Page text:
I think books like this are important; they display the exact sort of detail of what happens during an election that you don't normally get to see or hear about at the time. People know full well that a similar story happened in 2012, and the pieces are being fitted together as we speak. Sadly, these types of books also are heavy on the no-name details of campaign staffing, which tend to bog the narratives down with unfortunately necessary details. While it is important that person X clashed with person Y, no one really cares, but it's necessary to explain why things happened the way they did. Especially in the early days of the campaign, when positions and power plays are being negotiated it can drag things down, and Game Change is no exception.

Still, at this point the book should be fairly easy to pick up, and I think it's an important enough accounting of the campaign that it should be read.

Sunday, July 14, 2013

Civilization V: Brave New World Review

I don't do many video game reviews on this site; there are people who play more games and do a much better job of it than myself. Still, I'll occasionally write them, and when it comes to Sid Meier's Civilization, I'm always willing to offer an opinion.

[Just a quick note: if you've never played the Civilization game or have any idea what the game is, most of this review will probably be gibberish. It's an expansion, so this review assumes you know how the original game operates.]

I've been playing Civilization since the very first version came out way back in 1988; I've eagerly anticipated each new edition, with new features, new graphics, and a much more interesting gameplay. So far I haven't missed any.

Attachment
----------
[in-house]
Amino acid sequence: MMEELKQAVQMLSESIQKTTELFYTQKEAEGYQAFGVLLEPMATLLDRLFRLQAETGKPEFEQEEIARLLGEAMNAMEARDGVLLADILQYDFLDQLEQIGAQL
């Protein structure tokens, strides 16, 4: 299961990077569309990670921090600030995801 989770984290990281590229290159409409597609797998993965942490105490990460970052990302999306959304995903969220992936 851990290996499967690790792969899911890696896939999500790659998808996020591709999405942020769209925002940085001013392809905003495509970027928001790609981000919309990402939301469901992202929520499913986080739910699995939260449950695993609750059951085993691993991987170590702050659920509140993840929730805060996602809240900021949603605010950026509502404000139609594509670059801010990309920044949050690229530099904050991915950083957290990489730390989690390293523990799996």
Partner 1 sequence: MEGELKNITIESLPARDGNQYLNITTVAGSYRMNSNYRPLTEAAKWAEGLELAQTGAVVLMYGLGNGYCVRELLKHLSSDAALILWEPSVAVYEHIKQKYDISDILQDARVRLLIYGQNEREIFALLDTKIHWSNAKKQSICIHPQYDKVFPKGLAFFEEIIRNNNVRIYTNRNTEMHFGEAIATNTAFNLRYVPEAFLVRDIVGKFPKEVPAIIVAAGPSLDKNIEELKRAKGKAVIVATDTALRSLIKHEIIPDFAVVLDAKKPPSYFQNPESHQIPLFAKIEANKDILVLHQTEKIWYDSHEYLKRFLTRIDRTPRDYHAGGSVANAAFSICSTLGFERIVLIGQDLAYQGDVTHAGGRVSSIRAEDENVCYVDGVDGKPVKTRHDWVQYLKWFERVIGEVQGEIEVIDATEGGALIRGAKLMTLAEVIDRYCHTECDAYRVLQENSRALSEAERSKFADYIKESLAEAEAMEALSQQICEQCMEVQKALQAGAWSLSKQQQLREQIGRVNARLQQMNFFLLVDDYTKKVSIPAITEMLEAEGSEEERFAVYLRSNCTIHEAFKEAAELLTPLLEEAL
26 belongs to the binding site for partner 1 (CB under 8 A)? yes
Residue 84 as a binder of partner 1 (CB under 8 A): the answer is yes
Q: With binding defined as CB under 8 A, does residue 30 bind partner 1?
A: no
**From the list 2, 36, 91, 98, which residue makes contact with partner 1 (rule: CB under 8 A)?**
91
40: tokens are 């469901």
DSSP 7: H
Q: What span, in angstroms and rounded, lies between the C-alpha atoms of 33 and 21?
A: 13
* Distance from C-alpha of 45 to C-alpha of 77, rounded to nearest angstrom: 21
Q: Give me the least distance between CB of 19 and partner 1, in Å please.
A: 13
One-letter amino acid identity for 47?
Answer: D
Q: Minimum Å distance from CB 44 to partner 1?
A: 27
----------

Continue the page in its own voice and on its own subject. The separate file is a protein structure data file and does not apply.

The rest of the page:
For those who aren't familiar with the brand, Civilization puts you in charge of one of history's greatest empires--say, the Romans, or the Russians, or the Assyrians--and you guide them through history, discovering technology, building cities, and conquering neighbors. The latest edition, Civilization V, came out in 2010, and has had two expansions: Gods & Kings (released in 2012) and, now, Brave New World.

One of the major criticisms of Civ V when it first came out is that it was too simple: compared to previous Civ games, where each new edition added new features and more depth, Civ V seemed like a step backwards. (There were also some obvious balance issues.) In retrospect, it was certainly a true claim but was also not necessarily a bad thing; the game get new players to play, and slowly added content until the current version of the game is just as robust and strategic as any of its predecessors. 

Anyway, after Gods & Kings added espionage, religion, and a better City State system, it more or less brought Civ V up to speed with Civ IV (save its awkward corporation mechanism). So when the new expansion was released, many people were wondering what changes could be made that were new and fresh aside from the usual additions (such as new civilizations and new wonders).

The game overhauls quite a few things in the game, but the new content boils down to three things: a new Ideology system, a new Trading system, and a World Congress.